Distant Context, Local Colour: Australian 'post September 11' Fiction

Research output: Contribution to journalArticle

Abstract

Australian fiction is, arguably, as diverse as the fiction of any other culture or era. But in a globalised world, though the stories we tell may remain inflected by the local context, they will necessarily be informed by transnational relations and geopolitical events. Like writers in the USA, UK, Afghanistan and elsewhere, some Australian novelists have taken arms against a sea of troubles, and produced work that directly and consciously engages that new genre, the post September 11 novel. Only a small number of Australian novels have been published in this genre – perhaps inevitably, given our distance from the scene – and they can be read as relying on the familiar features of the thriller, the detective, or the citygrrl genres that readers find attractive. However, I will suggest that they do more than this. In a reading of Andrew McGahan’s Underground, and Richard Flanagan’s The Unknown Terrorist, I will discuss the ways in which a very local ‘accent’ is coloured by broader forces, and what contributions we can offer, here at the foot of the world, to the ongoing conflicts and human rights abuses in the hemisphere above us.
Original languageEnglish
Pages (from-to)1-14
Number of pages14
JournalJournal of the Association for the Study of Australian Literature
Volume2010
Publication statusPublished - 2010

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Local Colour
Fiction
Detectives
Novel
Reader
Human Rights
Abuse
Novelist
Terrorist
Accent
Writer
Hemisphere
Afghanistan

Cite this

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abstract = "Australian fiction is, arguably, as diverse as the fiction of any other culture or era. But in a globalised world, though the stories we tell may remain inflected by the local context, they will necessarily be informed by transnational relations and geopolitical events. Like writers in the USA, UK, Afghanistan and elsewhere, some Australian novelists have taken arms against a sea of troubles, and produced work that directly and consciously engages that new genre, the post September 11 novel. Only a small number of Australian novels have been published in this genre – perhaps inevitably, given our distance from the scene – and they can be read as relying on the familiar features of the thriller, the detective, or the citygrrl genres that readers find attractive. However, I will suggest that they do more than this. In a reading of Andrew McGahan’s Underground, and Richard Flanagan’s The Unknown Terrorist, I will discuss the ways in which a very local ‘accent’ is coloured by broader forces, and what contributions we can offer, here at the foot of the world, to the ongoing conflicts and human rights abuses in the hemisphere above us.",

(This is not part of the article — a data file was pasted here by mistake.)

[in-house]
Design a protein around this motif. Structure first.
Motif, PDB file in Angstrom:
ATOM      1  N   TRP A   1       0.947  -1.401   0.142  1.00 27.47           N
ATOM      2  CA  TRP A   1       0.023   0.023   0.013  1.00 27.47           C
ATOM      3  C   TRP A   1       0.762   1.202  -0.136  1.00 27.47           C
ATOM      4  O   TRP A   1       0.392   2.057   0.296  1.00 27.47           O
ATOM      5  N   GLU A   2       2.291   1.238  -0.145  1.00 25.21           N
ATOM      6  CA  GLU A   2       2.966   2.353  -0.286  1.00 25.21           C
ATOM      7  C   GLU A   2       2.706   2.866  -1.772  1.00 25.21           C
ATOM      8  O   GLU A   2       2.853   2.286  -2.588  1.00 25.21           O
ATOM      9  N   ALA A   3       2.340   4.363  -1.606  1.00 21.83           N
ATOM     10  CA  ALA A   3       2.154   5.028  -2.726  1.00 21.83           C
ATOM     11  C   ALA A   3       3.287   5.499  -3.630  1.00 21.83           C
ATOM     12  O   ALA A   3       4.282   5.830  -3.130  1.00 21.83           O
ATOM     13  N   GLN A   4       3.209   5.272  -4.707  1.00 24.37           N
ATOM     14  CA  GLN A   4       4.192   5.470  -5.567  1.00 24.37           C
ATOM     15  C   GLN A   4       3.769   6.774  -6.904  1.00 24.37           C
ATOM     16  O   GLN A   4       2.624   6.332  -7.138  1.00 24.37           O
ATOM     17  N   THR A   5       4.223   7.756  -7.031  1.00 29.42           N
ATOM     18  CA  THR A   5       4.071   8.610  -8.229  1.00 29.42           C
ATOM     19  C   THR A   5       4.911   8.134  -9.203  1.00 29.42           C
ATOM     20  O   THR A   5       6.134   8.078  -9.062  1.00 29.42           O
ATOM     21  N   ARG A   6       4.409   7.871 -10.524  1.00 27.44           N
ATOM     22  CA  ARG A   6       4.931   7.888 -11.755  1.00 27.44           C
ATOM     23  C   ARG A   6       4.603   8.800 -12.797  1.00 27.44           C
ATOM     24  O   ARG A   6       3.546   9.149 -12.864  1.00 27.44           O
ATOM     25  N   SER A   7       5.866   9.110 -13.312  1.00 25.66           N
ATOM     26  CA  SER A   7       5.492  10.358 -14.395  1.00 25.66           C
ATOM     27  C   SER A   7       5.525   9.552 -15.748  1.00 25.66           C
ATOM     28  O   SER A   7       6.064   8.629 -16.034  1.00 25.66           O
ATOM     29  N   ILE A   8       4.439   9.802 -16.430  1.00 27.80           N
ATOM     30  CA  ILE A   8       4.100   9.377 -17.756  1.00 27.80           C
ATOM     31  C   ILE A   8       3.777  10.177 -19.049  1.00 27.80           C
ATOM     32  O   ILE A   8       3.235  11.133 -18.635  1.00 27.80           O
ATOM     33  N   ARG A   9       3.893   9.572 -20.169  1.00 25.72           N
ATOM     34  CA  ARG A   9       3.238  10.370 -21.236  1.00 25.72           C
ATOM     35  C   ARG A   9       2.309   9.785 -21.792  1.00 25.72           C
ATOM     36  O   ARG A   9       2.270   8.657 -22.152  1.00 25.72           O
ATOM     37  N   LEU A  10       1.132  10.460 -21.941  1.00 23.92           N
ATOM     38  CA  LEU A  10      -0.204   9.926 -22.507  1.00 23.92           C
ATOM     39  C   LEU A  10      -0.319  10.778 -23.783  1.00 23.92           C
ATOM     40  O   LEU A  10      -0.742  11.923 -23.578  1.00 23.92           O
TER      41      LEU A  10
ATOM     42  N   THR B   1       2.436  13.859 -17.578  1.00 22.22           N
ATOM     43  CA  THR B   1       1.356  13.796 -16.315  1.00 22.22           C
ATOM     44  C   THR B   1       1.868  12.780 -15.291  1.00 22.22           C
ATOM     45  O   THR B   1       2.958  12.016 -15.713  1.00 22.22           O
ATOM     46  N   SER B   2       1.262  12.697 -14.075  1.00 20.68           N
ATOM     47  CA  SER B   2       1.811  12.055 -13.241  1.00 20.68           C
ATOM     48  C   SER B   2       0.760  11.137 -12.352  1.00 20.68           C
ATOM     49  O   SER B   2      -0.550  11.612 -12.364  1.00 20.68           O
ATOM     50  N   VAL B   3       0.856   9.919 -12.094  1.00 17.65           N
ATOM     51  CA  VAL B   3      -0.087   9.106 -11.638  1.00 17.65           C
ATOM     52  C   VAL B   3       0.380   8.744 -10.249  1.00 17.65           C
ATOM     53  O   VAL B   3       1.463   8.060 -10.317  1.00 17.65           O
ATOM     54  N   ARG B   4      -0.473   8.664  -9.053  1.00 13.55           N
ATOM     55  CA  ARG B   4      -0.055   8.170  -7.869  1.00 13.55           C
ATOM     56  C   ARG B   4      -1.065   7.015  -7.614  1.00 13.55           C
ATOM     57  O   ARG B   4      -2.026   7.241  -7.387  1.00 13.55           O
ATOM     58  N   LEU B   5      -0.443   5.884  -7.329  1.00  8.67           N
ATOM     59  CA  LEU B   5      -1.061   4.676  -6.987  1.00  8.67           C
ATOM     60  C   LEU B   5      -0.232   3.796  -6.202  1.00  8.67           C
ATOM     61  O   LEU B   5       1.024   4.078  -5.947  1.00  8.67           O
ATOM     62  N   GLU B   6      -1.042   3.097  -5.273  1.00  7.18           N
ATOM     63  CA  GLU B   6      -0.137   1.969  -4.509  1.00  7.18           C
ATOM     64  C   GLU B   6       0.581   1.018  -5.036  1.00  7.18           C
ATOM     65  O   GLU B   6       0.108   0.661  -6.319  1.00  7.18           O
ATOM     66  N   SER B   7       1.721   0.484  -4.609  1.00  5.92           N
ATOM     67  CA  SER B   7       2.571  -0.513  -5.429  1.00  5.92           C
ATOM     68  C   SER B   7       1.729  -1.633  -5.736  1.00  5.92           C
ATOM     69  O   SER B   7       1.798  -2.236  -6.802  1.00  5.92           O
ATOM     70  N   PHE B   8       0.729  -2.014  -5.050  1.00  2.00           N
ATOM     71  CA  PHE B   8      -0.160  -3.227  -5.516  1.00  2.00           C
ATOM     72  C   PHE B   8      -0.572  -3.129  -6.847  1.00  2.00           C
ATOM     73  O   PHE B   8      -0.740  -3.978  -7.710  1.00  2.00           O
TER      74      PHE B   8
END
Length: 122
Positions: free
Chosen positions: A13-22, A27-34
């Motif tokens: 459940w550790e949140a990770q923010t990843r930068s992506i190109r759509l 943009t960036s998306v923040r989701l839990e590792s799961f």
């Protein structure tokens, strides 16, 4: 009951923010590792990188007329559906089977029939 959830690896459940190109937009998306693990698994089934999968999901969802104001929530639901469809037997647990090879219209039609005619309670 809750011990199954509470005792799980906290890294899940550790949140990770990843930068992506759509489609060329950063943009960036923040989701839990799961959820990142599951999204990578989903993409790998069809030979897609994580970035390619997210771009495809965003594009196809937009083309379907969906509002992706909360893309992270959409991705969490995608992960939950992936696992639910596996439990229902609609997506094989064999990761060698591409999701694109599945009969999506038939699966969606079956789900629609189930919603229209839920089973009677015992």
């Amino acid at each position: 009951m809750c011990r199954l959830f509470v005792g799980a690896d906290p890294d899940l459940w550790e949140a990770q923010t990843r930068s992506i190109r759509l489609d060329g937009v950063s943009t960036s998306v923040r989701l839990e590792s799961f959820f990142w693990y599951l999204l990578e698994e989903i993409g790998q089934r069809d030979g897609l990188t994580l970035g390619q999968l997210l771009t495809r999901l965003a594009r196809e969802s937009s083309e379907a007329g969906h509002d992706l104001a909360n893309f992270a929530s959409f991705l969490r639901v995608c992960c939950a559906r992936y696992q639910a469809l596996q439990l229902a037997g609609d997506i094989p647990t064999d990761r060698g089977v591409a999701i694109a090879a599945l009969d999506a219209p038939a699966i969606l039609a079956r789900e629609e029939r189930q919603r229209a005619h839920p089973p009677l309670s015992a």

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AB - Australian fiction is, arguably, as diverse as the fiction of any other culture or era. But in a globalised world, though the stories we tell may remain inflected by the local context, they will necessarily be informed by transnational relations and geopolitical events. Like writers in the USA, UK, Afghanistan and elsewhere, some Australian novelists have taken arms against a sea of troubles, and produced work that directly and consciously engages that new genre, the post September 11 novel. Only a small number of Australian novels have been published in this genre – perhaps inevitably, given our distance from the scene – and they can be read as relying on the familiar features of the thriller, the detective, or the citygrrl genres that readers find attractive. However, I will suggest that they do more than this. In a reading of Andrew McGahan’s Underground, and Richard Flanagan’s The Unknown Terrorist, I will discuss the ways in which a very local ‘accent’ is coloured by broader forces, and what contributions we can offer, here at the foot of the world, to the ongoing conflicts and human rights abuses in the hemisphere above us.

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